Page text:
Paperwork with the word "Scam" across it in permanent marker

TIL: People Fell for the Crypto Doubler Scam on Twitter, At Least Twice


Be careful how much credence you give to so-called celebrities and famous people, especially if you've never met them and vetted them in person. No matter what you've read and what you think you know about them, they're still strangers.

"In the summer of 2020, Elon Musk became the first celebrity in a massive breach followed by a fake giveaway. [The Twitter] Accounts of Bill Gates, Joe Biden, Kanye West, Donald Trump, and many others were hacked and announced they would multiply their followers’ wealth.

This scheme, known as a Bitcoin doubler, is said to have brought hackers over $2 million in October 2020, when they reached Musk’s account. What happened was that scammers posted on his Twitter that he was “feeling grateful” and would double any sum of money sent to his BTC wallet address. Needless to say [sic] that this was never to happen, but many victims felt happy to send their money to someone they don’t know, in the pursuit of profit."

 — ChangeNow.io; "Elon Musk vs. Crypto: How the Billionaire Influences the Market with Simple Tweets"

There's an old saying that if it happened twice, it will happen again.

What I wonder is how much people are influenced by the fact that he's a celebrity, that he's a billionaire and that he's an endorser of crypto. If I, a complete unknown, posted a similar tweet (assuming that I somehow had as large a following, which I don't), how many people would be willing to take the risk of participating in the scam? If I was a celebrity or billionaire (or both), would that number change? If so, it portrays a worrying picture about people's perceptions of how wealth and celebrity status makes a stranger more trustworthy and how willing they are to be gullible when it comes to accepting statements that person makes. Whatever the case/combination of factors may be, it's definitely a concern to me that a single person (whale or otherwise) can have such an impact.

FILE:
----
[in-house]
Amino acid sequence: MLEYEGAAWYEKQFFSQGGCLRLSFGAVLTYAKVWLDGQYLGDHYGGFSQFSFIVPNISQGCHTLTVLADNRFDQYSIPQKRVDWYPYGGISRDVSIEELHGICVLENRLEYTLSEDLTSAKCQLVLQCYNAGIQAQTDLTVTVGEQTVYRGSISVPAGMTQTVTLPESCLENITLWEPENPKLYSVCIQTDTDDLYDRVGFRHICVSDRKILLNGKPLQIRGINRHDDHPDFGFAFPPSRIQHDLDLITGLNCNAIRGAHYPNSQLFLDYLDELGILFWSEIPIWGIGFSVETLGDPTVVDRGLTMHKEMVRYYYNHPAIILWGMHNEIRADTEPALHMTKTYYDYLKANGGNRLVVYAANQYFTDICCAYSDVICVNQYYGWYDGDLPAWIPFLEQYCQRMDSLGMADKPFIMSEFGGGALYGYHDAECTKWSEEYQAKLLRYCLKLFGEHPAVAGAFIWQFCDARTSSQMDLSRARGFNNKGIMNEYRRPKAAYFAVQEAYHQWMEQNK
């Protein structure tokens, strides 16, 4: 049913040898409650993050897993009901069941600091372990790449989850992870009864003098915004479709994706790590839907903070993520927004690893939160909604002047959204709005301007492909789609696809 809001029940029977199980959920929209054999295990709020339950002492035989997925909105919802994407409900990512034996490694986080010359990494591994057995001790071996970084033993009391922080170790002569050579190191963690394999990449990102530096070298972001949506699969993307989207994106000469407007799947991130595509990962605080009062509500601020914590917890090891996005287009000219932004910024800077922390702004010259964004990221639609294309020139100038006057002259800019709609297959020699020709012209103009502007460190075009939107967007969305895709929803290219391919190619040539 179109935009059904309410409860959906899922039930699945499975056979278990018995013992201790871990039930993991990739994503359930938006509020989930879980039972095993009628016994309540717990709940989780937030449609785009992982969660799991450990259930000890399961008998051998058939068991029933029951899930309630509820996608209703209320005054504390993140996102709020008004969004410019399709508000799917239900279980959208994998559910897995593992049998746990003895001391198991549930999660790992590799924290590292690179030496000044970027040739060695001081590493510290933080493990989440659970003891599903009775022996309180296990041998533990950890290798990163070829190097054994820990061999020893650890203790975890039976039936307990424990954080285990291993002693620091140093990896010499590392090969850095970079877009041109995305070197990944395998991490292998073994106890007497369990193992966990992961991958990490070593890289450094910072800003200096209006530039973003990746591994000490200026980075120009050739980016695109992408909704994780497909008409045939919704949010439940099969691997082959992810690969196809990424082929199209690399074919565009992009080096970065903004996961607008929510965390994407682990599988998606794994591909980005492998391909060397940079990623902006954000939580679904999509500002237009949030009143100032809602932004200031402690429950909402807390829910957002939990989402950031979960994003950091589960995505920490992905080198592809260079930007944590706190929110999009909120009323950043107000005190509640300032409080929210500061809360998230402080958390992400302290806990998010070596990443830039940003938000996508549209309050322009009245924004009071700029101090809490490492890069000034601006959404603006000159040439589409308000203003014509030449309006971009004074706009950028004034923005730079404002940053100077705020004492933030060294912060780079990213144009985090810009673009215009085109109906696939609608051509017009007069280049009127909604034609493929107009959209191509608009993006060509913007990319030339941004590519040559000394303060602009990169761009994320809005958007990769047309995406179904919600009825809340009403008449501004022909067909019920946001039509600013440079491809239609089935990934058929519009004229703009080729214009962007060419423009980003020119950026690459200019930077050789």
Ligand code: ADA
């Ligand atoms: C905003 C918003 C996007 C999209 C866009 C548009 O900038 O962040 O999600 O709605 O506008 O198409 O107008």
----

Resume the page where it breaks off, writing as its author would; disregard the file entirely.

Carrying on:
The more people who enter the cryptosphere and stop according undue power and influence to individuals, the better. Personally, I don't give a rat's uncle about Musk and his market-manipulating antics, but a lot of people clearly do and need to have a serious think about why (and if those reasons are valid).


Post thumbnail: Photo by Olya Kobruseva from/on Pexels

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Great White Snark
Great White Snark

I'm currently seeking fixed employment as a S/W & Web developer (C# & ASP .NET MVC, PHP 8+, Python 3), hoping to stash the farmed fiat and go full Crypto, quit the 07:30-18:00 grind. Unsigned music producer; snarky; white; balding; smashes Patriarchy.


Cryptographic Anarchy: (Mis)Adventures in Crypto
Cryptographic Anarchy: (Mis)Adventures in Crypto

The content of this blog is exclusively to do with online privacy/security, cryptography and cryptocurrency: Understanding it, investing in it, mining it (in groups/crowds), developing/programming it, the social problems it aims to solve and the various ways to make more of it (or not, as various losses and failures happen). Let's get away from banksters, Capitalists and fiat, to an anarcho-syndicalist commune. Banner image: Blogger's own. Contemplating making an HD NFT version if there's interest.

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